Monday of the Twenty-fifth Week in Ordinary Time

Prv 3:27-34; Ps 15:2-4,5; Lk 8:16-18
“He who walks blamelessly and does justice”

The only just one is Christ the Lord. The only one who has a claim to the Holy Mountain is the Lord Jesus. He alone does justice and walks blamelessly. Christ thinks the truth in his heart; he has claimed, “I am the way, the truth, and the life.” The Lord Jesus never slandered with his tongue; even his critique of the powers that be was spoken out of love, never to injure someone’s reputation. The Lord Jesus never harmed his fellow man; he did not take up a reproach against his neighbor. He did not call down legions of angels upon those who arrested him; he did not condemn those who judged him unjustly. The Lord Jesus hates with a perfect hate; he loves sinners and hates sin. Throughout his life even unto his passion, the Lord Jesus is completely generous without hesitation and without conditions, “This day you will be with me in paradise.” Christ in his human nature was not afraid. He had no fear. Not of evil news and not of religious or political powers. He was not disturbed. Only through Him, with Him, and in Him, do we even have any hope to walk blamelessly, to do justice, and to live on the Holy Mountain. Indeed, Christ the Lord is the Incarnate Word; He is the Wisdom of the Father made flesh and dwelling among us, still. Indeed, the Lord Jesus is the light who cannot be concealed; He is the light placed upon a lamp stand so that all who enter may see the light. The glory and wisdom of Christ the Lord attracts us and transforms us into the lamps and sages, all for the glory of the Father and in the power of the Holy Spirit.

“If you are arrogant, you alone will bear the burden of your pride.” This wisdom comes from the Psalms. It is echoed in today’s wisdom from Proverbs. The Wise and Holy LORD is stern with the arrogant, and his shows kindness to the humble. This fundamental tension within each person is also manifest in the community of believers. Who has a claim on our resources, our time, and our compassion? The Lord Jesus responds to this question with the wisdom of the parable of the Good Samaritan. Anyone in need has a claim upon our generosity. Not only are we not to plot evil against our neighbor; we are to pray for those who injure us. Our enemies, not just our neighbors, we must love. Not only are we to not follow the ways of the wicked; we are to “turn the other cheek” so that we give bold witness to those who are lawless. Finally, the Lord Jesus is wisdom beyond the wisdom of Proverbs; he eats and drinks with sinners and tax collectors. His friendship is for the upright and the perverse. In his divine humility he has come to serve and not to be served, to lay down his life for the ransom of the many. He has borne the burden of our pride and revealed the true wisdom of humility. The true wisdom of God, Father, Son and Holy Spirit, is revealed in the mystery of the cross.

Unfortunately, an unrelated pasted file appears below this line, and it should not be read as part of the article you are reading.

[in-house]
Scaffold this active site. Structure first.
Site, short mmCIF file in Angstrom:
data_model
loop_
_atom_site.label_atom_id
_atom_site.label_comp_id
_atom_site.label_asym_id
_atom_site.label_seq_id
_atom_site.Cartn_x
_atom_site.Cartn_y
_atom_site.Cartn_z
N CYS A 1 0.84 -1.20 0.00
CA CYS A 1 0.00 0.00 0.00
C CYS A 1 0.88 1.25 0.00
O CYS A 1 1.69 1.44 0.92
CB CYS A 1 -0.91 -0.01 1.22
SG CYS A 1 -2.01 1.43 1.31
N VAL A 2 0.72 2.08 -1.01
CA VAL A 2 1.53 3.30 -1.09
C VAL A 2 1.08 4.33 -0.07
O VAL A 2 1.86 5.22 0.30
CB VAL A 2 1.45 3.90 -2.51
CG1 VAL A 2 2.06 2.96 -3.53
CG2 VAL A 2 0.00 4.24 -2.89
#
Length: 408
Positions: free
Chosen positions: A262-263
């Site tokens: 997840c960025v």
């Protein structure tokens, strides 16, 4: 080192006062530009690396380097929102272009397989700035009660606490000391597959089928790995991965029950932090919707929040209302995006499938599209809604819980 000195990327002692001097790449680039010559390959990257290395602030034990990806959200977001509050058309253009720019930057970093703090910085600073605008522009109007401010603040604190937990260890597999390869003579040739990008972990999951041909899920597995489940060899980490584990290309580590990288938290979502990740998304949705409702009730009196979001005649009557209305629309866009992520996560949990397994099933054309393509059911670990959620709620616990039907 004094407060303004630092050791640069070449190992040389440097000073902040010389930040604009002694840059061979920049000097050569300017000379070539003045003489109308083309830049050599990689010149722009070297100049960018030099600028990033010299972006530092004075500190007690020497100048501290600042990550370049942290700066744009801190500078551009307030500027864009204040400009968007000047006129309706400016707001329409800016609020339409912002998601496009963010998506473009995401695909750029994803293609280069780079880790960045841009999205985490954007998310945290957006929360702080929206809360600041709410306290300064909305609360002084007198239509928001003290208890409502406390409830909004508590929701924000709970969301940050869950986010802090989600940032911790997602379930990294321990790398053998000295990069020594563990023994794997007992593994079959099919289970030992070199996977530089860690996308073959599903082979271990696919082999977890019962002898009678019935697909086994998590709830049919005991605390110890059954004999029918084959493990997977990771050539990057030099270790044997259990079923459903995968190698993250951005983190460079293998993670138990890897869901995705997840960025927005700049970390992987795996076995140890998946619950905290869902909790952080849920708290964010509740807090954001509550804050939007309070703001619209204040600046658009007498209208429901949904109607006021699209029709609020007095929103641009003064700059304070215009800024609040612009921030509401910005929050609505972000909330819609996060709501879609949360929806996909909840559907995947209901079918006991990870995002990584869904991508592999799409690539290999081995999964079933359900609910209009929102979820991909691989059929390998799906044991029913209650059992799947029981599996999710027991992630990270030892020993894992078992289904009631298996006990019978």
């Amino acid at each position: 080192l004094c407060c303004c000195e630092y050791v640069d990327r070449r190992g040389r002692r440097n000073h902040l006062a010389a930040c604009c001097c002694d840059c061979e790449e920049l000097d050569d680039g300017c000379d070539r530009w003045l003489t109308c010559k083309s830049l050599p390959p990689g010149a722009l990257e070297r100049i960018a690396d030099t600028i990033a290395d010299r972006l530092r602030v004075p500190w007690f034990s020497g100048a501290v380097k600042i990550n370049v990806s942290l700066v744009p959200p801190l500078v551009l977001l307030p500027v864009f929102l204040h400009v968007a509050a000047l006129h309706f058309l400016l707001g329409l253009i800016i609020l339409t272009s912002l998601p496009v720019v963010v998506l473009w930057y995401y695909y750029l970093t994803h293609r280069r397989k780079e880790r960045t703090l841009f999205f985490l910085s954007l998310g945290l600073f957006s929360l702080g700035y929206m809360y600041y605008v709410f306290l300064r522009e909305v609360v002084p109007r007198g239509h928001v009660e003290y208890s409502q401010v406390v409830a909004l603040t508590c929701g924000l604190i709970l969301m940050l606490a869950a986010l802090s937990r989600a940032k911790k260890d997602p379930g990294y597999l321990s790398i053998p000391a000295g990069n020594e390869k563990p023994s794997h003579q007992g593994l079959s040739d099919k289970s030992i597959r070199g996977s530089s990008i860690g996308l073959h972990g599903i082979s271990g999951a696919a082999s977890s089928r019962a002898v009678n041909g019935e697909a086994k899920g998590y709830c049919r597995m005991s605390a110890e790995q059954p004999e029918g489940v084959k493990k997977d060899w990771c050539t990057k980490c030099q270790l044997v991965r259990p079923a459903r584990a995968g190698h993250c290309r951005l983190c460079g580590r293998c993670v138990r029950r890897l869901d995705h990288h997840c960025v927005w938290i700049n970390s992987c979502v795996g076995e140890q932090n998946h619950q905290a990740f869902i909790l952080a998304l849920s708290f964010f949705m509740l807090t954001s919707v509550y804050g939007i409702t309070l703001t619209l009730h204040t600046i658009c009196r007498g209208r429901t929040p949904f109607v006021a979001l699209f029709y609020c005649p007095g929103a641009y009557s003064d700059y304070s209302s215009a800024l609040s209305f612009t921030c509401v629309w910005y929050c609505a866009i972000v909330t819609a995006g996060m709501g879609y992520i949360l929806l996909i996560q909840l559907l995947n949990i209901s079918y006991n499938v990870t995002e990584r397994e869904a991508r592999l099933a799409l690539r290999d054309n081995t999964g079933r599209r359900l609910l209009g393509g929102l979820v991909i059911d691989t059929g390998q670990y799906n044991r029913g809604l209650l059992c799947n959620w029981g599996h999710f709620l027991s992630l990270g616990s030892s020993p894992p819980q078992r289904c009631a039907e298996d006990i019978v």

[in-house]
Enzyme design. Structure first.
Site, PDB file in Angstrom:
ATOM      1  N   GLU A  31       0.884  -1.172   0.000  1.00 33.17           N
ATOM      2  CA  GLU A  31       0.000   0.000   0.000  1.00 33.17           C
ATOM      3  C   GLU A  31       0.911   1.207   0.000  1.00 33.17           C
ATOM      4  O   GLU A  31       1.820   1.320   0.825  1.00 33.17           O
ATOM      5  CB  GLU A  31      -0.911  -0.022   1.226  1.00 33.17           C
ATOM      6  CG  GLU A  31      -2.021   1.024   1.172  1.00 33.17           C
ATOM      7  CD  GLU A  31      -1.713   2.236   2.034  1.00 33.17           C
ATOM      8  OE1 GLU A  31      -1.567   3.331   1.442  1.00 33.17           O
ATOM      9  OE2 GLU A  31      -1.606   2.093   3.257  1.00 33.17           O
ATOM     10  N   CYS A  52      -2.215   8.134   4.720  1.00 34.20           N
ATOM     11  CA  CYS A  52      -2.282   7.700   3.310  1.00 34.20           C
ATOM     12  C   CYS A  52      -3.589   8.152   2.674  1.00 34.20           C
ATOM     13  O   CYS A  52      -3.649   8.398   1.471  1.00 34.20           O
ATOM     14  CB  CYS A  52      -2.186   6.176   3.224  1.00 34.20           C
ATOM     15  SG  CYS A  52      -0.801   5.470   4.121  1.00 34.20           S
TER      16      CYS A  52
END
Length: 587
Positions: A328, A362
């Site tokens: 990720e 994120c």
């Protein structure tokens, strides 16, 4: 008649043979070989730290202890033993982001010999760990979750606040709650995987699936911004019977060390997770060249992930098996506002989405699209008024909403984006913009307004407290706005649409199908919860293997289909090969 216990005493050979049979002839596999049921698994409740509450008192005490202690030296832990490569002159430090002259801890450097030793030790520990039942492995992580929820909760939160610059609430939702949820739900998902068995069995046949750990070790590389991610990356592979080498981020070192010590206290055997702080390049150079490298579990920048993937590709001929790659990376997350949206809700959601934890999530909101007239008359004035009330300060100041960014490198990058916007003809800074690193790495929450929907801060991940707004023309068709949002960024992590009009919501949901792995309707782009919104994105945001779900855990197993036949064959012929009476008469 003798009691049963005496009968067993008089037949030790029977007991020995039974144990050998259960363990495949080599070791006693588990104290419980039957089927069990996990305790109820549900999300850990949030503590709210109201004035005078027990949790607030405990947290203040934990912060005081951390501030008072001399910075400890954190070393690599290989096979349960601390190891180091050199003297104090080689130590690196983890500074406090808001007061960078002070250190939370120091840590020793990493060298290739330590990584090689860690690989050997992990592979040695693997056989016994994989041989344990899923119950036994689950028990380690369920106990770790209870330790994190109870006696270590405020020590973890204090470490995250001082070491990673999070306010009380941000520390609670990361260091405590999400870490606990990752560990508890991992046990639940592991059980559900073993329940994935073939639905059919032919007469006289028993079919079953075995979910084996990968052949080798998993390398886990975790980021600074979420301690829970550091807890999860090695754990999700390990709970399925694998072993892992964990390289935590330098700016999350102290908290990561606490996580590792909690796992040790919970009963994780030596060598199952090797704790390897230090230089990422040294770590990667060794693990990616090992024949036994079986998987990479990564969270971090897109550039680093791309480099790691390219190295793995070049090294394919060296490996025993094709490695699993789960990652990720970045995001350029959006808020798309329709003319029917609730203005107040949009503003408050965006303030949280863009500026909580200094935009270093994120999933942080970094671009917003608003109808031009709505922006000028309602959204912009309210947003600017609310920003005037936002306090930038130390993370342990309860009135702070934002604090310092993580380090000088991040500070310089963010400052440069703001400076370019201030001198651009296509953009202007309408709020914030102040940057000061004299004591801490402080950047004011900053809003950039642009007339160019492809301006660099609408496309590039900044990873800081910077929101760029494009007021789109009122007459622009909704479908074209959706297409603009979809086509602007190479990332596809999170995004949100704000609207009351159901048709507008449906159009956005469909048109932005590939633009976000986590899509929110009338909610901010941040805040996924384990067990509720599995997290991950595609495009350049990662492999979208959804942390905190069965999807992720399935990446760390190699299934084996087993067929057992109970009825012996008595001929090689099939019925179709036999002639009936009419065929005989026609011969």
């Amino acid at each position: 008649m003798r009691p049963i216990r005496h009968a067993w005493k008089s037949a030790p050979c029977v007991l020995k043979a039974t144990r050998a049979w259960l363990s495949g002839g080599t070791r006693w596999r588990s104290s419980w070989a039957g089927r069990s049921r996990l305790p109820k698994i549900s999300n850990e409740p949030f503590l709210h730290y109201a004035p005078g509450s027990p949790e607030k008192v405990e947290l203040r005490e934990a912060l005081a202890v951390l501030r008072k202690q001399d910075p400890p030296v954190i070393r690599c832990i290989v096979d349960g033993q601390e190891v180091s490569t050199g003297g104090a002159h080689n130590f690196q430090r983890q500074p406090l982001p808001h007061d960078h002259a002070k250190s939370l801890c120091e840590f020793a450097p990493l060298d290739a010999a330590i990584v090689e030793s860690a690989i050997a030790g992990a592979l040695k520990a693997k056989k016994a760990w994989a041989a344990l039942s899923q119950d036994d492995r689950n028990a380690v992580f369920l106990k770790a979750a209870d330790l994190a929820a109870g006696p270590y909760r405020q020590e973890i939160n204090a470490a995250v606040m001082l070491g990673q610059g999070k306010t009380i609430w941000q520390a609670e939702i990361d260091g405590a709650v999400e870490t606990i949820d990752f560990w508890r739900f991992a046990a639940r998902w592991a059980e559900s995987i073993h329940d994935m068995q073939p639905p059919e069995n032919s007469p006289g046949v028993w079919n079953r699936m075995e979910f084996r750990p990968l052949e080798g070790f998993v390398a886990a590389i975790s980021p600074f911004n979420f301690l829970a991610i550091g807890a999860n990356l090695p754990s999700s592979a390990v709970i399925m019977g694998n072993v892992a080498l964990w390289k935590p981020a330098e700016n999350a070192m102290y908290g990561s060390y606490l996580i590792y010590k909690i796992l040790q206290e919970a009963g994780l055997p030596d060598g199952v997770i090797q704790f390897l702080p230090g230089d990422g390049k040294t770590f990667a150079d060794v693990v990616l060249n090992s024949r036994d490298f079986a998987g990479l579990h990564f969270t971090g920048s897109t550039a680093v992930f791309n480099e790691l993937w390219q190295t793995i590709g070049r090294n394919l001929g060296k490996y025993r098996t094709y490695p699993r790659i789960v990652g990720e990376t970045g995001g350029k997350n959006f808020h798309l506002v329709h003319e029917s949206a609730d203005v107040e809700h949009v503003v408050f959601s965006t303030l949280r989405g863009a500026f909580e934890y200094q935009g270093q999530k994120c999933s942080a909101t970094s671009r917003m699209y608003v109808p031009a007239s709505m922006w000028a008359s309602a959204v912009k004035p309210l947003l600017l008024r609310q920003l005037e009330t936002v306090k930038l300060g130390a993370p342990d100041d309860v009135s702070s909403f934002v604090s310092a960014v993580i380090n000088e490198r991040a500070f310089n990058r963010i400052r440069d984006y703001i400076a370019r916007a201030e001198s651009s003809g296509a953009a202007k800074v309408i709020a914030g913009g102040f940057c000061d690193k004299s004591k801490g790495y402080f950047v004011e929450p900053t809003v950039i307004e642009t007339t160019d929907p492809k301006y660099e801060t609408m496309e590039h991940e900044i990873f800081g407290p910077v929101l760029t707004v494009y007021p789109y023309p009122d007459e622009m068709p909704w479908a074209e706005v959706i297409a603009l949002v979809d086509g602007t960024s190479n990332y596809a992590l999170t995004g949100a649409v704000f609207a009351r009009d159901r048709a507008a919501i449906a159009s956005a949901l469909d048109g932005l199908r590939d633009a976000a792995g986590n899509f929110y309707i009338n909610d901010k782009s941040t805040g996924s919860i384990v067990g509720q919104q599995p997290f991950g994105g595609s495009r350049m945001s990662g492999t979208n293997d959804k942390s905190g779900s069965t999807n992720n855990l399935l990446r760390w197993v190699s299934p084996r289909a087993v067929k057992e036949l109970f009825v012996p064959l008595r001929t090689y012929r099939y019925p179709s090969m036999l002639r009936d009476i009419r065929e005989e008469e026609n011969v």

All who have entered into the transforming union are summoned by the Lord Jesus to be placed like a lamp upon a lamp stand so that all who seek to enter the house of the Lord will see the light, will not get lost in the overwhelming darkness. The hidden wisdom and humble brightness of the Lord and his servants will be known all through the earth and all through history. We have nothing to fear; the Lord is God and there is no other. He shields his servant in the bright glory of his truth and love, and that’s all we need. To anyone who has been given faith and used that faith, more faith will be given. From the one who has not even a shred of faith, he will have that which was never used taken away. The promise to give more to those who have is not a promise of wealth in this world, because this world as we know it is passing away. The promise to take away what he seems to have is about the faith that has never grown, that has never brought light into the passing world.